The technical definition of the Arabic word jinn is "to hide." In Arabic and Islamic literature and legend, jinn (singular jinni; also spelled djinni or genie) are believed to be spiritual beings. They are found in the Quran, but the concept of jinn has existed in Arabic culture prior to the formation of the Muslim faith. The Encyclopedia Britannica says: "Belief in jinn was common in early Arabia, where they were thought to inspire poets and soothsayers. Even Muhammad originally feared that his revelations might be the work of jinn." According to traditional beliefs about jinn found in the Quran or other literature, these supernatural beings exist at a level below that of angels and demons but above that of humans. They are supposedly able to spiritually possess or inhabit inanimate objects, and they are able to choose to do good or evil. According to the Quran, jinn are subject to final judgment and will be sent to paradise or hell, depending on their earthly actions.
Though there are similarities between jinn within Islam and demons within Christianity, they are not fully equivalent to each other. Christians believe that demons are fallen angels; at one point some of the angels followed Satan and thereby became demons (Isaiah 14:12–15; Luke 10:18; 2 Peter 2:4). Muslims believe that angels cannot sin or, therefore, become corrupted. While Christianity teaches that Lucifer was an angel who sinned and became Satan (Isaiah 14:12, NKJV), the Muslim belief is that Satan (Shaitan) was a jinni to begin with, meaning, he started at the level below angels. In Muslim belief, Jinn are fully capable of doing both good and evil by choosing to either accept or reject Islam. According to the Encyclopedia Britannica, there are a few different types of jinn: "Ghūl (treacherous spirits of changing shape), 'ifrīt (diabolic, evil spirits), and si'lā (treacherous spirits of invariable form)." Other classifications of jinn sometimes also include: Jann (considered the father of all jinn, snakelike and primitive) and Marid (the jinn with the greatest amount of power, the strongest).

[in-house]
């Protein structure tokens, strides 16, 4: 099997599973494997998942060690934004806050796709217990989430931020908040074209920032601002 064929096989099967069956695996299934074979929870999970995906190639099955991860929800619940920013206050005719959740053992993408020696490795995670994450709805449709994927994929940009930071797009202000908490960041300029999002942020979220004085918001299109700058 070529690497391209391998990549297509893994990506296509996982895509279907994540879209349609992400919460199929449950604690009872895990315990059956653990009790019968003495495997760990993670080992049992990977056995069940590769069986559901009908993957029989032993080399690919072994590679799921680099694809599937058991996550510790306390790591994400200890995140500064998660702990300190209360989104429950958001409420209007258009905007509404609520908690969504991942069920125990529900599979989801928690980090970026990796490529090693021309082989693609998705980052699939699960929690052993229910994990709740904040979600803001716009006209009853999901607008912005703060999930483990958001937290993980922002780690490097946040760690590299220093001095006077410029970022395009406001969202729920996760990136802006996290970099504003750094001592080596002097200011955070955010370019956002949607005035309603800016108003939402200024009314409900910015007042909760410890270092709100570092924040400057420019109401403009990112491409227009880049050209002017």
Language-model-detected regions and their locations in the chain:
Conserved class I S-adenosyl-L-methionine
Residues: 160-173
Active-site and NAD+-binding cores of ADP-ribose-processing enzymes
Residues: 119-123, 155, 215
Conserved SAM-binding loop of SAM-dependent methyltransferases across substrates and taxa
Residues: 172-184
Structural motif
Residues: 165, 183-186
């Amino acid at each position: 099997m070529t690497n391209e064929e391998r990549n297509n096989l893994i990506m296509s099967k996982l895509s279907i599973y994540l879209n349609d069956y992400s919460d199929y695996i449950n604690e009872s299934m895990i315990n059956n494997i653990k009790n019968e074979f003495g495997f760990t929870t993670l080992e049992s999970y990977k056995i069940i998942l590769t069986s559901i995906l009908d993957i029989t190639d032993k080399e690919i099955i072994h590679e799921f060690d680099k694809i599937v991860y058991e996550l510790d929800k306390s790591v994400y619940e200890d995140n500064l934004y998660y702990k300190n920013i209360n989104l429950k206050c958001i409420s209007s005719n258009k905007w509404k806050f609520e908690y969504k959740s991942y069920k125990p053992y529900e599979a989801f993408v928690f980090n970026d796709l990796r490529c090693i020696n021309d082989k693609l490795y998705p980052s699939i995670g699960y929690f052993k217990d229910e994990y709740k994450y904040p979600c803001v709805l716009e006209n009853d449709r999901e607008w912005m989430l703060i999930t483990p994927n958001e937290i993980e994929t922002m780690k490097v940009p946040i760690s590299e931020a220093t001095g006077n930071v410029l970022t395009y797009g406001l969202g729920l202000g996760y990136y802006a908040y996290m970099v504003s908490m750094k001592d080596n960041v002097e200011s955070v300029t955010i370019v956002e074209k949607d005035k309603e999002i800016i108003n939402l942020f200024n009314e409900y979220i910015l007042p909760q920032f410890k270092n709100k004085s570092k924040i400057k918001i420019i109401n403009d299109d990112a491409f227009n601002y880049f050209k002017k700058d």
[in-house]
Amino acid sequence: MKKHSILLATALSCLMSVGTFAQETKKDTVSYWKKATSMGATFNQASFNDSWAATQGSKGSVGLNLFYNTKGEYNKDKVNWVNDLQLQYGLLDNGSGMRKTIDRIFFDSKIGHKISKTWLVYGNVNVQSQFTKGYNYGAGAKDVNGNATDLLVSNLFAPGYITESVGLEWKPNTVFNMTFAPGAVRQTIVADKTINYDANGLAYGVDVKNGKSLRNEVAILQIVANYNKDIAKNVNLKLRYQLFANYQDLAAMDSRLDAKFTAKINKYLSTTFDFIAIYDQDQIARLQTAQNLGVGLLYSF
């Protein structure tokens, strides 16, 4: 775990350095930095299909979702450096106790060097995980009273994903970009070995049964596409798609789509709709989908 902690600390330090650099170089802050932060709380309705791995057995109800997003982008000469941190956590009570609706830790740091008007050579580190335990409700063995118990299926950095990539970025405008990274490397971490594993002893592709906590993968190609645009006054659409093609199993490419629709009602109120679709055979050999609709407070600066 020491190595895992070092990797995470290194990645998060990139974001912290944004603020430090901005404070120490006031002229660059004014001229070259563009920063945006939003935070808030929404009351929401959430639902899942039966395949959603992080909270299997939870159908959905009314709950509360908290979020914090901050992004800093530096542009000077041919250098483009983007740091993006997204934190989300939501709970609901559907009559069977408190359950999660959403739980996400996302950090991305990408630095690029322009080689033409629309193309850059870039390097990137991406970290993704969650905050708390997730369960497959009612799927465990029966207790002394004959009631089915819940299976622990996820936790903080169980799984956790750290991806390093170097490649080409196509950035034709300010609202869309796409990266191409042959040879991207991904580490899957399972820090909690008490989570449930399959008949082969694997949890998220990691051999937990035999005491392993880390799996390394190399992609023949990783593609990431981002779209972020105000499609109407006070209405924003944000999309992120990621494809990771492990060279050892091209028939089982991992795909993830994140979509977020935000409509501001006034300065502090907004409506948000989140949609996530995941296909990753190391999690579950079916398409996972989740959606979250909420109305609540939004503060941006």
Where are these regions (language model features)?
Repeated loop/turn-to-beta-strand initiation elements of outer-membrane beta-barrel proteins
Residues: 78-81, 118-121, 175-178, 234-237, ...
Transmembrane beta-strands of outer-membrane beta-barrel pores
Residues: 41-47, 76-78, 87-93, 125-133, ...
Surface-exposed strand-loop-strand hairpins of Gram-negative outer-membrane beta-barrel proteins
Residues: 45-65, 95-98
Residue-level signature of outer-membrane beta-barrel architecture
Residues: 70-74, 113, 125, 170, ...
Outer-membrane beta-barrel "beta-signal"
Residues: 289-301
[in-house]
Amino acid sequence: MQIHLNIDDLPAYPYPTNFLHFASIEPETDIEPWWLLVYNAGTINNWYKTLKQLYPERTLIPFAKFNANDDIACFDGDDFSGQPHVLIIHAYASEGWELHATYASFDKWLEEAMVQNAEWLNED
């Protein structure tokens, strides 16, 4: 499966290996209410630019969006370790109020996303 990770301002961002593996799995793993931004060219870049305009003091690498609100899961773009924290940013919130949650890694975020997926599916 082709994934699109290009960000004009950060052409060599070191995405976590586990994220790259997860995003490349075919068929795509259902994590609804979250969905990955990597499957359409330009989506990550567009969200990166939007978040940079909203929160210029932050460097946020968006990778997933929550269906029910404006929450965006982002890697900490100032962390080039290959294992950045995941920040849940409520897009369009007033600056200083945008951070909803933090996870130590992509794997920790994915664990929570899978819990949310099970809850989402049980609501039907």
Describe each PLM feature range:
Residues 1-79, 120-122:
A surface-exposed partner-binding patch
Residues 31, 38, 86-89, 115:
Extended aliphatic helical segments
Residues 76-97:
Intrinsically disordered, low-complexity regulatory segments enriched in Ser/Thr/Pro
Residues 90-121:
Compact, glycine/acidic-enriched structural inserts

The Bible does not specifically mention jinn, but it does discuss spiritual forces within the heavenly realms (2 Corinthians 10:3–4; Ephesians 6:12). Jinn are never mentioned by name in the Bible, but it does mention other heavenly beings, including:
Angels (Psalm 91:11; Hebrews 1:14; 13:2),
Demons (Luke 4:41; Jude 1:6),
Cherubim (Genesis 3:24; Ezekiel 10:9–17),
Seraphim (Isaiah 6:2), and
Living creatures (Revelation 4:6–9).
God created humans and all the heavenly beings with a singular purpose: to serve and worship Him. There may be innumerable other creatures God has made, so we cannot say that a jinn-like being is impossible. However, as Christians, we also cannot confirm any concrete belief in the existence of jinn. We know that the Quran contradicts the Bible on many points, so we cannot trust that what it says about jinn is truthful (John 17:17). All that we need to know about the supernatural realm and the beings that inhabit it can be found within the Word of God (2 Timothy 3:16–17). We can trust that God's Word is perfect, just as He is (Psalm 12:6; 19:7; 119:89). We also know that God's "divine power has granted to us all things that pertain to life and godliness, through the knowledge of him who called us to his own glory and excellence" (2 Peter 1:3). We need not be concerned with jinn, but should rather focus on the things of God that He has revealed to us.
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